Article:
Caleb Bart-Appiah had a crash landing, Cara Gamm missed the runway entirely and Taylor Wilson logged a textbook perfect flight.
“I did good,” said Wilson, a sophomore cadet with Glynn Academy’s JROTC program. “I had a successful mission.”
The line to the flight simulator room at McKinnon St. Simons Island Airport was a dozen kids deep Saturday during the third annual Aviation Career Day. Those exiting the simulator reported results as varying as the test flights of Bart-Appiah, Gamm and Wilson.
But then again, there is more to the aviation industry than just flying the plane. Bart-Appiah might very well have a smooth landing given a second chance, but the Glynn Middle seventh-grader was sufficiently intrigued by the prospect of growing up to work in aviation.
“Yeah, I crashed the plane,” he said. “But I learned some stuff I never knew about. I think I’m interested in finding out more.”
Introducing youth to the opportunities available in the field of flight was the whole point of Saturday’s event, which attracted hundreds of youngsters from throughout the area. Those opportunities are only getting broader, as a plethora of commercial airline pilots from the Baby Boomer generation reach mandatory retirement. Nearly 800,000 commercial pilot jobs are expected to open up over the next two decades, according to Aviation Week Network. Additionally, about 155,000 business aviation and helicopter pilot spots will become available in the not-too-distant future.
“We’re hearing about all these problems with commercial airlines and a big reason is that there is a pilot shortage,” said Leslie Faulkenberry, spokeswoman for the Glynn County Airport Commission. “Many are hitting mandatory retirement age, and we don’t have as many military pilots to fill those spots as we did in past generations.”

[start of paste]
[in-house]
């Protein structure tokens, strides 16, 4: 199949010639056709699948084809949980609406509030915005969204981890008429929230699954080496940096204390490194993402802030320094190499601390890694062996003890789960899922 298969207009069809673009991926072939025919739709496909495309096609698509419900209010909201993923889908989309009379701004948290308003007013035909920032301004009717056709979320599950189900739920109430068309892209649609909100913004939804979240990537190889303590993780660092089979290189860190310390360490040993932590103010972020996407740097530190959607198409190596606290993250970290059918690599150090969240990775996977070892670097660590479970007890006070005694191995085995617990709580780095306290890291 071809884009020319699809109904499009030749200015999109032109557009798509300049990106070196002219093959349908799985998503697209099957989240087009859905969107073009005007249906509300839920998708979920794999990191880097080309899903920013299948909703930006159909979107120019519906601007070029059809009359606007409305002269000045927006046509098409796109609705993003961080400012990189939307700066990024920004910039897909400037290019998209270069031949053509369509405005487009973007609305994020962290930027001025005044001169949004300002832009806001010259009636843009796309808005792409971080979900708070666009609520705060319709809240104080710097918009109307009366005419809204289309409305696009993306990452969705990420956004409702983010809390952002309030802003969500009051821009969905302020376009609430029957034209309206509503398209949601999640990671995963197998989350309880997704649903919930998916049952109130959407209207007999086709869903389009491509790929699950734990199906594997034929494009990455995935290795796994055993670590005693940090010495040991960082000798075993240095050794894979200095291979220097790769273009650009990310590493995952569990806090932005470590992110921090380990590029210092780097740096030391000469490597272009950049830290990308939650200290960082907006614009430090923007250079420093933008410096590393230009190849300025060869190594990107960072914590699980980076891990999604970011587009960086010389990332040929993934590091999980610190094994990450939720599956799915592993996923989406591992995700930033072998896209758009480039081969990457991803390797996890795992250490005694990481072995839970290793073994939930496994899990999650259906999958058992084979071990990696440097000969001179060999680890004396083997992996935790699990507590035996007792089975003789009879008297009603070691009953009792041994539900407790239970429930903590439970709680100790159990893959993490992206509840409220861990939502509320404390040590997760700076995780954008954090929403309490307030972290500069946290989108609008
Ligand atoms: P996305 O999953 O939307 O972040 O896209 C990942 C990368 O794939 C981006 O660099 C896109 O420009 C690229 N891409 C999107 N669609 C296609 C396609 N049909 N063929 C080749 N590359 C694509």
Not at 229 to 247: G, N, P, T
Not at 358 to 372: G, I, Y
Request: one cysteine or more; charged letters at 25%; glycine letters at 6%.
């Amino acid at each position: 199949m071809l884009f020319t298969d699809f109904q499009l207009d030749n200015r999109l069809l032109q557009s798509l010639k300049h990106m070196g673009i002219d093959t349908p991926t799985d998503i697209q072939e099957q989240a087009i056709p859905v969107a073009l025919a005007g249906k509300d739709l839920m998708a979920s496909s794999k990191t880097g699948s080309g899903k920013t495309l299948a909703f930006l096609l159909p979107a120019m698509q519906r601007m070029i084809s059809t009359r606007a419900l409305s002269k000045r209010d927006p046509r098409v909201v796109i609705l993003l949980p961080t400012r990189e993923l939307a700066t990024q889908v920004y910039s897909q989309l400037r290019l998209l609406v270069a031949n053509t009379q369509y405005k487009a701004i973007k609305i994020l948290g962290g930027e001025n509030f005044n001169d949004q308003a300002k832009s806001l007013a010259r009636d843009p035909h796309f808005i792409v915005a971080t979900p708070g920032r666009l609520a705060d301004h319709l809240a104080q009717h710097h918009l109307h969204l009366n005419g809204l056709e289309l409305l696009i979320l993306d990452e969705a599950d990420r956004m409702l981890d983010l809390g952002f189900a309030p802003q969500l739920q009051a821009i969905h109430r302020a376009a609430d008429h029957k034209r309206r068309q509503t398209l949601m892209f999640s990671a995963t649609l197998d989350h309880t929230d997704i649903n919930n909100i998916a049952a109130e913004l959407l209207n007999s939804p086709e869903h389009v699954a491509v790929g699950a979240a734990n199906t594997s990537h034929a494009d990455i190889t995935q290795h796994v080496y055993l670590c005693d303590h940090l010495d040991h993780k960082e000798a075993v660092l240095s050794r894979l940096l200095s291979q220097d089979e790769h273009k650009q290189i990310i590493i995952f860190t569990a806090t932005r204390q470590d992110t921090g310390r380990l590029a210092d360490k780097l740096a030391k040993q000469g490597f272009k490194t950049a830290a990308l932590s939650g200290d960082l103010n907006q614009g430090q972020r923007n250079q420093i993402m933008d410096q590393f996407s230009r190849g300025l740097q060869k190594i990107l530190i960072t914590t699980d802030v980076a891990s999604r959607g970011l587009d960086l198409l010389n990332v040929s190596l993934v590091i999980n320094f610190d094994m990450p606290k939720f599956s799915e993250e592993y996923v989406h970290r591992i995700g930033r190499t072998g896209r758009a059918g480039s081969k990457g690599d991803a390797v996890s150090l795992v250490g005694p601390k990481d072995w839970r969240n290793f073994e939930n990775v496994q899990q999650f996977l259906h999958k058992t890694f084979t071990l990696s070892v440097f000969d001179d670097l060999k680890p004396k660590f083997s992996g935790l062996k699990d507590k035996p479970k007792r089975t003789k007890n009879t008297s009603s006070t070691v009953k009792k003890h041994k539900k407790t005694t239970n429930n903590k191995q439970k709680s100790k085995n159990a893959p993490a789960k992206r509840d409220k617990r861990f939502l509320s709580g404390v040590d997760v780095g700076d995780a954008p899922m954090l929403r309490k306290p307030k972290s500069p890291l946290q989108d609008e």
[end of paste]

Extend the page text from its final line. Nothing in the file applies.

Those commercial and business interests needing new young pilots will have to hold off a few years before they get ahold of Wilson. She plans to enter the Air Force after graduating from Glynn Academy.
“I’ve had fun looking inside all the planes today,” she said. “Since middle school I’ve said, ‘I’m going to fly.’ All I want to do when I go into the Air Force is fly some planes.”
But there are plenty of aviation career opportunities outside of the flight cockpit, a point Saturday’s event stressed. These include mechanics, technicians, electricians and other fields for those with interests in math and science curriculums.
“One of the misconceptions is that to get involved in aviation you’ve got to be a pilot,” Faulkenberry said. “But for any of the technology tracks that these kids are on, there’s a career in aviation.”
In fact, the Golden Isles College & Career Academy hopes to offer an aviation program by the fall, said Rick Townsend, CEO of the county public charter school that serves high school-age students and adults. The program would focus on an array of aircraft maintenance issues, from the frame to the mechanics to the wiring.
Career Academy officials are awaiting word on accreditation from the Southern Association of Colleges and Schools.
Five students from the Career Academy are presently enrolled in an apprentice program with Gulfstream Aerospace Corporation at the Brunswick Golden Isles Airport off of Glynco Parkway, he said.
“It’s important to understand the great career paths available in aviation,” Townsend said. “We’re excited about this.”
Salaries in the field can range from nearly $45,000 for entry-level aviation mechanics to $220,000 for a senior-level commercial pilot, said Terra Winslett, property and marketing manager for the county Airport Commission. Many of those opportunities exist locally, with both Gulfstream and Stambaugh Aviation among the county’s top 10 industrial employers, Faulkenberry said.
Outside on the tarmac Saturday, cloudy skies and a steady drizzle hardly deterred the stream of young men and women who milled about inspecting an assortment of aircraft. Some 140 youngsters signed up for a free flight over the Golden Isles, via pilots with the local chapter of the Experimental Aircraft Association. Rain forced the postponement until a sunnier day of those promised flights, which parents will be happy to note are to take place in conventional six- and four-seater aircraft.
The local Experimental Aircraft Association first joined forces with other like-minded organizations in the Golden Isles to host the event after realizing a new generation will soon need to step into their shoes. Other sponsors of the event include the Civil Air Patrol, the Career Academy, Golden Isles Aviation and the county Airport Commission.
Out on that tarmac, Brunswick pilot Mike Whitehead entertained varied and curious questions from youngsters about his Cozy III, a compact V-shaped craft.
“As we get older, we need people to fill our places,” Whitehead said. “They are a good group of kids — smart, polite and I think they’re probably learning a few things, so that’s good.”